UPDATED: 12:18 p.m. ET, Oct. 19
Originally published on Oct. 17
In particular, Kanye said on the most recent episode of the controversial “Drink Champs” podcast that he credited Ice Cube with helping him “to get on this antisemitism vibe.” Kanye went on to insist he would “finish the job” that he implied was started by Ice Cube.
On Tuesday, Ice Cube spoke out publicly about Kanye’s claim.
“I hate that my name was dragged into this Drunk Champs bullshit,” Ice Cube tweeted before suggesting Kanye was mistaken. “I don’t know what Ye meant by his statements, you’re gonna have to ask him. I didn’t put the batteries in his back.”
Ice Cube then denied ever being antisemitic.
“Please leave my name out of all the antisemitic talk,” he added. “I’m not antisemitic and never have been.”
The episode was ultimately removed from both YouTube and Revolt Media after backlash from Kanye spreading the lie that Derek Chauvin didn’t actually kill George Floyd and downplaying the illegal kneeling restraint that medical officials determined was responsible for the police murder. The lie sparked a $250 million lawsuit against Kanye after the mother of George Floyd’s daughter took legal action following the debunked conspiracy theory being spread by the rapper.
While repeatedly doubling down on his self-described antisemitism, the rapper formerly known as Kanye West during his latest appearance on the controversial “Drink Champs” podcast, offered a glimpse of the source of his stated gripes with “the Jewish media” and doubled down on his hateful rhetoric.
Tucked neatly between spreading lies about George Floyd’s police murder and sexualizing Vice President Kamala Harris was the man who said he wants to simply be called “Ye” crediting a fellow rapper with inspiring his disparaging comments about Jewish people: Ice Cube.
“Cube’s really set me up for this,” Ye said before addressing the Hollywood mogul directly: “You’ve really influenced me to get on this antisemite vibe.”
Ye went on to threaten: “I’m here to finish the job.”
In classic “Drink Champs” style, there were absolutely no follow-up questions from host Nore regarding Ye’s statements that at face value appeared to be deflecting blame for an ongoing series of antisemitic statements that the rapper and fashion designer has made in the wake of his “white lives matter” stunt at an event in Paris earlier this month.
And so it’s neither clear how exactly Ice Cube “influenced” Ye to be antisemitic nor what “job” he vowed to complete unless he means he’s just plain picking up the antisemitic mantle from the pioneering West Coast rapper.
To be sure, Ice Cube has definitely been accused of antisemitism over the decades for not only aligning himself with Nation Of Islam Minister Louis Farrakhan since he went solo in 1991 but also over a string of social media posts leading up to the 2020 election – the same election Ye ran an unsuccessful campaign for president. That is to speak nothing of a damning allegation that Ice Cube had his entourage beat up a rabbi “for wearing a yarmulke,” according to the Jerusalem Post.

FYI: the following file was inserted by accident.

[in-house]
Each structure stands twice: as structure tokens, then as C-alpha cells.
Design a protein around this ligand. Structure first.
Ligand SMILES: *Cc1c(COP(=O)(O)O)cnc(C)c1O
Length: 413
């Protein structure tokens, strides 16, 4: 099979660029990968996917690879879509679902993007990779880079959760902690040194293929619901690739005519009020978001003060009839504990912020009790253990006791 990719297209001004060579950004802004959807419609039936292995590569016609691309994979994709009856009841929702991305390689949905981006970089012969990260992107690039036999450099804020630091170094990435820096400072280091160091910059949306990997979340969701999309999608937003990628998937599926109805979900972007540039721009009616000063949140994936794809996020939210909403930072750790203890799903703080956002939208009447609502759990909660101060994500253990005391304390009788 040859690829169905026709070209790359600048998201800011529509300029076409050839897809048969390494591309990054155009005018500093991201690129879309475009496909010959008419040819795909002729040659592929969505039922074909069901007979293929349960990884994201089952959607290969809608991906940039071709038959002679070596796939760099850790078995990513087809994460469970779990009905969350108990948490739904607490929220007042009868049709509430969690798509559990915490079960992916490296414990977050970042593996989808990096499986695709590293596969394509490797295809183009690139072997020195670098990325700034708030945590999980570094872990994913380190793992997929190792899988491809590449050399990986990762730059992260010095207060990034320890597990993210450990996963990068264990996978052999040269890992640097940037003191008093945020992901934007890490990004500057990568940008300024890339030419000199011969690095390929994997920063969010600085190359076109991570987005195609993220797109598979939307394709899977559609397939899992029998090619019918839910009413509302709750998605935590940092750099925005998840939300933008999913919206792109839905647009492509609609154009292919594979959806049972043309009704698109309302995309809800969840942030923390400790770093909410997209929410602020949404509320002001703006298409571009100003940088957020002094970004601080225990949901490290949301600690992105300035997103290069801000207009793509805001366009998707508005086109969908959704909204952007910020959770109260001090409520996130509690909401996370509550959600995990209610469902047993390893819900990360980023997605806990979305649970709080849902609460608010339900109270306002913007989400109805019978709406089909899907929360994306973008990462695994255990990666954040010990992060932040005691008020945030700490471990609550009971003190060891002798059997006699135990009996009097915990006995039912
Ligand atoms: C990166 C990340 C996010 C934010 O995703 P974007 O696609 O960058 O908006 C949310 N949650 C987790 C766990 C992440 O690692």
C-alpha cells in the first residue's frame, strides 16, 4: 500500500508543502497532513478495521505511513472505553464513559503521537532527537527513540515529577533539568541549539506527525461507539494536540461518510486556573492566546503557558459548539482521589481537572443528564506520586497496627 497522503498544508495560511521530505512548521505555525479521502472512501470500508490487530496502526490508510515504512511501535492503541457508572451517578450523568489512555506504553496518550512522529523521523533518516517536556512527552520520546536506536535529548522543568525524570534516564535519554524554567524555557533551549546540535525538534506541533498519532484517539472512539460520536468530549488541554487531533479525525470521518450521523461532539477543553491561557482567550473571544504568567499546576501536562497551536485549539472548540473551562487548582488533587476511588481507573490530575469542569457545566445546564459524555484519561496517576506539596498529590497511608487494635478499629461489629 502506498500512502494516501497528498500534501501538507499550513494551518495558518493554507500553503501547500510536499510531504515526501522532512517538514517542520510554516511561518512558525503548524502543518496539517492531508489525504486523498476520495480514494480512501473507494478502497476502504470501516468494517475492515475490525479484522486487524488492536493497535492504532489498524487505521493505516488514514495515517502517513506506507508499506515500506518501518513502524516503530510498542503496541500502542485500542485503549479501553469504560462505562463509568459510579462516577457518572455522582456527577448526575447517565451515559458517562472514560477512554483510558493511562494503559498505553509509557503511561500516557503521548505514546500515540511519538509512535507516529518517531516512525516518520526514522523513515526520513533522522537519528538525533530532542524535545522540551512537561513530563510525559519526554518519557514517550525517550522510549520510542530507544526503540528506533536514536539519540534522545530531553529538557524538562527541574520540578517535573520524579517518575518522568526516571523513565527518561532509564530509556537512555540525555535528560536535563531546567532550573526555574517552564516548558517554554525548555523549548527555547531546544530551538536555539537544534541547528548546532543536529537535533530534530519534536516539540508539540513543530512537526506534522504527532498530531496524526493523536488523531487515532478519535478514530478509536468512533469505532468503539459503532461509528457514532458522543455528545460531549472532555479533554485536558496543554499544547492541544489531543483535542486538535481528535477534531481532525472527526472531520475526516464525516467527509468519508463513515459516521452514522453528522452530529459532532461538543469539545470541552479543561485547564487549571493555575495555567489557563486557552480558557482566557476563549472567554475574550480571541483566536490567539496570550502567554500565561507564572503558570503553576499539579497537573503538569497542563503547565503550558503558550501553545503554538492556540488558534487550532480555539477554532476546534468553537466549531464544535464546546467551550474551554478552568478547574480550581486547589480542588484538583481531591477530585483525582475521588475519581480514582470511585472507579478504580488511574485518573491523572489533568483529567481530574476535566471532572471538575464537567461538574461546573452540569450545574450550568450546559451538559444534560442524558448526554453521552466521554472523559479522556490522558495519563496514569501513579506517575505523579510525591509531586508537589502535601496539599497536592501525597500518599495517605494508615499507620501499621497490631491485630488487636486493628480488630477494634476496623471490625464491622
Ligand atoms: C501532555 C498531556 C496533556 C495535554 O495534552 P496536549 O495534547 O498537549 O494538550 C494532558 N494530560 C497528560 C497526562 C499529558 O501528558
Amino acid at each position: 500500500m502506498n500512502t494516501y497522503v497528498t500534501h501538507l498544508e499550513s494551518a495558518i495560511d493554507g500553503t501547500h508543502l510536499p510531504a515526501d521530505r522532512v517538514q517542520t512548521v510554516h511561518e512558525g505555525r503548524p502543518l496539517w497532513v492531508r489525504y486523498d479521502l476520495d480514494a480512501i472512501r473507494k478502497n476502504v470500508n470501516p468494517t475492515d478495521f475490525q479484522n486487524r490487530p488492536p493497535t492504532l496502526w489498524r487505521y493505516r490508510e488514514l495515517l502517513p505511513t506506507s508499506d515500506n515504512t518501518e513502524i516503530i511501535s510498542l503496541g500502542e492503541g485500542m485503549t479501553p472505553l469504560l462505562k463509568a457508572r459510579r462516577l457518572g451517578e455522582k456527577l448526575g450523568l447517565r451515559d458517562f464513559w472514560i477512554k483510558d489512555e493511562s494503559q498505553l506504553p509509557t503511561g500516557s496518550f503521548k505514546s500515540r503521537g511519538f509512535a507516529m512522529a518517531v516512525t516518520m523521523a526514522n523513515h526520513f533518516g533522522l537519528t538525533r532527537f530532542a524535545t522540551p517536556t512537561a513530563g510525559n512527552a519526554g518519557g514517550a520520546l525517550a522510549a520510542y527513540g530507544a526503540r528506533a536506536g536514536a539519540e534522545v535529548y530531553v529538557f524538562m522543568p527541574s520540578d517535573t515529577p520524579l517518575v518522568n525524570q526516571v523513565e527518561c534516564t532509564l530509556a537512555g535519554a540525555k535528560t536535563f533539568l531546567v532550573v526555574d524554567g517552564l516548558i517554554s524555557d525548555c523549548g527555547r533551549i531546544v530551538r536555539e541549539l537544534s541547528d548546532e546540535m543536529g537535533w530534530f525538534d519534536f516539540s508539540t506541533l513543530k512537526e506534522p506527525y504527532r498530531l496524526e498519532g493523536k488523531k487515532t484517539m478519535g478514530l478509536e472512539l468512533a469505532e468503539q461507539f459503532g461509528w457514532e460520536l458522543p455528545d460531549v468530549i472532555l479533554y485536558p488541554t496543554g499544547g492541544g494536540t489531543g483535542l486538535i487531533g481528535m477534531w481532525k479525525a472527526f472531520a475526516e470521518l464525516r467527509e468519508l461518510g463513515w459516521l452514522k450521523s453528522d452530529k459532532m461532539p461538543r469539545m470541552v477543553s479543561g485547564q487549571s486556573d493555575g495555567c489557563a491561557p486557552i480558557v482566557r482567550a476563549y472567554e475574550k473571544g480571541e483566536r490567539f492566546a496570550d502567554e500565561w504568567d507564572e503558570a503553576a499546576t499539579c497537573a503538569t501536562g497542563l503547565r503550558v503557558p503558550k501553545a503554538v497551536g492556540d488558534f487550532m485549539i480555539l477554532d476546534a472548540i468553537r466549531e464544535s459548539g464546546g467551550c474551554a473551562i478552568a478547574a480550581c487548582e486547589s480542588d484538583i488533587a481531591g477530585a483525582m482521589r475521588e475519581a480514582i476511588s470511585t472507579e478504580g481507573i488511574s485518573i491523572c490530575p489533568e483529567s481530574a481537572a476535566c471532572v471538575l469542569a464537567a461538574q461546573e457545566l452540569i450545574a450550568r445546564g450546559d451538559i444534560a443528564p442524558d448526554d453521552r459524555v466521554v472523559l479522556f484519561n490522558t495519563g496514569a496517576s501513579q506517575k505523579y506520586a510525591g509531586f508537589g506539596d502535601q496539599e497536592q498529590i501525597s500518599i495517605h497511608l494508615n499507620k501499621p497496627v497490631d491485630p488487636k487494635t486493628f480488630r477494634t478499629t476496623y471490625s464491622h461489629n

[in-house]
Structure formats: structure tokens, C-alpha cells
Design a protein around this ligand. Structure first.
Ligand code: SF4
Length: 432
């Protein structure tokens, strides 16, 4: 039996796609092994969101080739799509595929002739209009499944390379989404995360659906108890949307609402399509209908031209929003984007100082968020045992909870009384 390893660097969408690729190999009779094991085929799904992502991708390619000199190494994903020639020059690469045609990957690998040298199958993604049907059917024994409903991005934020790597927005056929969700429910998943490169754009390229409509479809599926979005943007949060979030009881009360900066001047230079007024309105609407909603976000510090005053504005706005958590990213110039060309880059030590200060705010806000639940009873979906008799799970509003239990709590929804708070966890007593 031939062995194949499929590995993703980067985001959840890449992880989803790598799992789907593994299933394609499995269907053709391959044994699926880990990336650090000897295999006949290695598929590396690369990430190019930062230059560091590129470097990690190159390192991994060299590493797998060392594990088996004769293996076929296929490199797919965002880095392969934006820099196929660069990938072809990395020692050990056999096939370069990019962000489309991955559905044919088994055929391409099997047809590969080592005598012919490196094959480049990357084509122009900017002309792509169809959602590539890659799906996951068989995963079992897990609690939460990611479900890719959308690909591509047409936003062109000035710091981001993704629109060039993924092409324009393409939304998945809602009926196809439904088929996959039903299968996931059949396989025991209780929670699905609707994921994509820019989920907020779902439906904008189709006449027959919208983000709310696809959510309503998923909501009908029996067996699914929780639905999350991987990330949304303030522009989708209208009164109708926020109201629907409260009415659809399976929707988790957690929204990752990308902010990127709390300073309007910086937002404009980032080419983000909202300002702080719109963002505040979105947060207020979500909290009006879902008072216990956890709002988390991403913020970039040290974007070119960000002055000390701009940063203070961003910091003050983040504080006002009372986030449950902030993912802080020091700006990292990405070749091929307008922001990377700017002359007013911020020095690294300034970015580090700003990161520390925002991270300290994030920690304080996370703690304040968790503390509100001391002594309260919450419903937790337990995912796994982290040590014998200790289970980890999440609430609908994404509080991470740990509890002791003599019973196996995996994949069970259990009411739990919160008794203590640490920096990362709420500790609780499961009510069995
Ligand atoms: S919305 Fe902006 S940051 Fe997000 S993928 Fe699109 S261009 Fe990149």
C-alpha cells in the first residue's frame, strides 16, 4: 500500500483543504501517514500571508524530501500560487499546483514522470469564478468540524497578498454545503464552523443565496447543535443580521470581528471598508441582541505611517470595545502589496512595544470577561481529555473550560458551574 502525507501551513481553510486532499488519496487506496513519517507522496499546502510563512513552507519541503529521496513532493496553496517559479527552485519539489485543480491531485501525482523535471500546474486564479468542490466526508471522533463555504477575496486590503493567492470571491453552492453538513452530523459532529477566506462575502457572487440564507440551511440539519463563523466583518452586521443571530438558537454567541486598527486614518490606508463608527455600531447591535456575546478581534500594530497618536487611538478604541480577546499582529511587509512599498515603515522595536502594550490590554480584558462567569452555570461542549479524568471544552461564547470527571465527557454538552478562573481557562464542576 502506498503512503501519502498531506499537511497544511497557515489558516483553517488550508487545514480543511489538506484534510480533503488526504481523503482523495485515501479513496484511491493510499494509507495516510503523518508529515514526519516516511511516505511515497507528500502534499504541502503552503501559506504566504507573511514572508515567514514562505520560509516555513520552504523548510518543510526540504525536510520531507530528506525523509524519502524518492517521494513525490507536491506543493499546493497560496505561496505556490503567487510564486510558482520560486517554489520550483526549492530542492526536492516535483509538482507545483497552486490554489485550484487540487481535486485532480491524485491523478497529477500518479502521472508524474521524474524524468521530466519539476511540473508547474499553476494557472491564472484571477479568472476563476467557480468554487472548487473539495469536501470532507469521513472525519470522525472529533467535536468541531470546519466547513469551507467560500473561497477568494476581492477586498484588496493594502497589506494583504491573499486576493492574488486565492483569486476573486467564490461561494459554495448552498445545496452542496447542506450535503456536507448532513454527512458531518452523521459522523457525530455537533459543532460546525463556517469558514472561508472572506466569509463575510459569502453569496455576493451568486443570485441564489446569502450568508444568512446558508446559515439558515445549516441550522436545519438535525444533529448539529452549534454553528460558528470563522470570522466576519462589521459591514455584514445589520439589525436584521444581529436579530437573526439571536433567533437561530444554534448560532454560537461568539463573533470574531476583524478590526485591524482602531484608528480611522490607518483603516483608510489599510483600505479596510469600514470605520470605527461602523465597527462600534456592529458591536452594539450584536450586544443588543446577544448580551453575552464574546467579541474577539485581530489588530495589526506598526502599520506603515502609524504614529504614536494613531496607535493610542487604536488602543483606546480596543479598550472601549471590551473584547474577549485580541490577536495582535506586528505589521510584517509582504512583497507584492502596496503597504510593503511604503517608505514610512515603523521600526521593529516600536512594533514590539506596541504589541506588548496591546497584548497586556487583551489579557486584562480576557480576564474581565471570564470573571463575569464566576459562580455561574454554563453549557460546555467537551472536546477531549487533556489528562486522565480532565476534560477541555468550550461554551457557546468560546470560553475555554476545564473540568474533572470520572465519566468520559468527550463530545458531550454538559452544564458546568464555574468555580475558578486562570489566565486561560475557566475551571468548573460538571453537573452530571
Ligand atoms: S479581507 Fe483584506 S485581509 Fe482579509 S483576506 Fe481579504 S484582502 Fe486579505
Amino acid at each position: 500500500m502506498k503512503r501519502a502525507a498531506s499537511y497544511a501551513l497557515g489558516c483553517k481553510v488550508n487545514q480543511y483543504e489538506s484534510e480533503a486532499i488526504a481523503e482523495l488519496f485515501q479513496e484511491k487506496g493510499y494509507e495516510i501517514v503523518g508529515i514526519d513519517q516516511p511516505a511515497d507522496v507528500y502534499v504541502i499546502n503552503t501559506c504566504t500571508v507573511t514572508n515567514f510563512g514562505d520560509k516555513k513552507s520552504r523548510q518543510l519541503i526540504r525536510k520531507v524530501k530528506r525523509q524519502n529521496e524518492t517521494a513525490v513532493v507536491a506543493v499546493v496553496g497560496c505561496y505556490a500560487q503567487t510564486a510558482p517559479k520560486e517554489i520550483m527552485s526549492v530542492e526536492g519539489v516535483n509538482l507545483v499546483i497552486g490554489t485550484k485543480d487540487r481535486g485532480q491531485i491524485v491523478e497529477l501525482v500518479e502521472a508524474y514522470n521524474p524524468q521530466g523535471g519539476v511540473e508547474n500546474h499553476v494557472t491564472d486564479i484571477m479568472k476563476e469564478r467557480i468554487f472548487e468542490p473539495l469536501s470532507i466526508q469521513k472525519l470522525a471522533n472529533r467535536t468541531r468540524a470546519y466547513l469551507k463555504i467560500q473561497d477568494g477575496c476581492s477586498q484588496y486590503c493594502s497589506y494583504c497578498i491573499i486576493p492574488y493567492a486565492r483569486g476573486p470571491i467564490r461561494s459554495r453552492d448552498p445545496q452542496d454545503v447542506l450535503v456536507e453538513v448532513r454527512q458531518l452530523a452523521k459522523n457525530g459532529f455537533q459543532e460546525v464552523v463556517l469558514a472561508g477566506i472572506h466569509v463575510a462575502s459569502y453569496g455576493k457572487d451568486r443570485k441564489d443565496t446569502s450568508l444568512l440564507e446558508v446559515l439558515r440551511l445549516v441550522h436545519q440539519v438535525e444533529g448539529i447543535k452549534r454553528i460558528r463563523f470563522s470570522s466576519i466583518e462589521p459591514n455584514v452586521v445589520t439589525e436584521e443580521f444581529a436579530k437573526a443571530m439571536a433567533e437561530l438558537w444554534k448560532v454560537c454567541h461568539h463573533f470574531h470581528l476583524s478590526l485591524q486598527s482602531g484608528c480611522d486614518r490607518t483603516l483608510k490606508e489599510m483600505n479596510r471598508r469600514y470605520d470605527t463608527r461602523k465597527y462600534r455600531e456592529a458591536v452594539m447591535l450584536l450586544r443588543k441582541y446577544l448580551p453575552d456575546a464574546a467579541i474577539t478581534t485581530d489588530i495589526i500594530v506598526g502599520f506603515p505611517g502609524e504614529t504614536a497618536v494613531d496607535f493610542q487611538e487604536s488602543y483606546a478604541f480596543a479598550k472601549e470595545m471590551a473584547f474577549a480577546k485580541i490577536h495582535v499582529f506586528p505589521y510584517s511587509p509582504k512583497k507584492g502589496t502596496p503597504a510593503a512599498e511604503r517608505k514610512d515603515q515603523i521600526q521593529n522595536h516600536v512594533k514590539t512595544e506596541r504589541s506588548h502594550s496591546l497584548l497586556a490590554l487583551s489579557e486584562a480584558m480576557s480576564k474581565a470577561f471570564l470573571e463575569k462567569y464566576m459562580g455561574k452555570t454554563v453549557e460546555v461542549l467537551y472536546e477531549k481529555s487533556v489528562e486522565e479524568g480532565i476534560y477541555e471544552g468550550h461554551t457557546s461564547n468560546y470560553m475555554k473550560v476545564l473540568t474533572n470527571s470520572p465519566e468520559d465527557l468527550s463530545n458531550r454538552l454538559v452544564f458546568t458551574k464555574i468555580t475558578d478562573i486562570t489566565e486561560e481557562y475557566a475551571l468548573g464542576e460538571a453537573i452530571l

Later in his “Drink Champs” interview, which was published on Sunday, Ye tried to tone down his antisemitic rhetoric while still managing to be completely antisemitic.
Admitting that his “death con 3” Twitter threat against Jews crossed a line, he tried to explain that was the only thing that made him antisemitic and characterized his overall stated sentiments as being born out of envy.
“I’m jealous of the Jewish people,” Ye said while lauding what he described as their ability to maintain a strong family structure while also generating financial security, apparently unaware that those are antisemitic tropes.
While still glaring, Ye’s admission of antisemitism was overshadowed by his comments that downplayed and lied about how George Floyd was killed.
Playing on the debunked conspiracy theory that Floyd died from fentanyl and not Derek Chauvin’s illegal knee restraint, Ye insisted, “if you look the guy’s knee wasn’t even on his neck like that.”
Again, there was no pushback from N.O.R.E. and the REVOLT media network that airs “Drink Champs” and leaned on a disclaimer that distanced itself from “views or opinions expressed” on the podcast, which is intended “to provide a platform for creatives to express their personal views or opinions without restriction or censorship.”
Civil rights attorney Lee Merritt later tweeted on Sunday that Floyd’s family was considering suing the rapper for proliferating hurtful lies involving death that drew comparisons to the case against Alex Jones in which a jury found him liable for nearly $1 billion over spreading lies about the Newtown school massacre.
Beyond the antisemitism and conspiracy theory about Floyd, Ye also made it clear that he intended to run for president in 2024 and suggested Vice President Kamala Harris was only elected because she is “very attractive.” Going a step further, Ye made sure to say he is “single” and suggested he would make her one of his girlfriends for whom he might buy a house before he mocked Harris’ voice and imagined scenarios in which they would meet up and he would purchase her a home.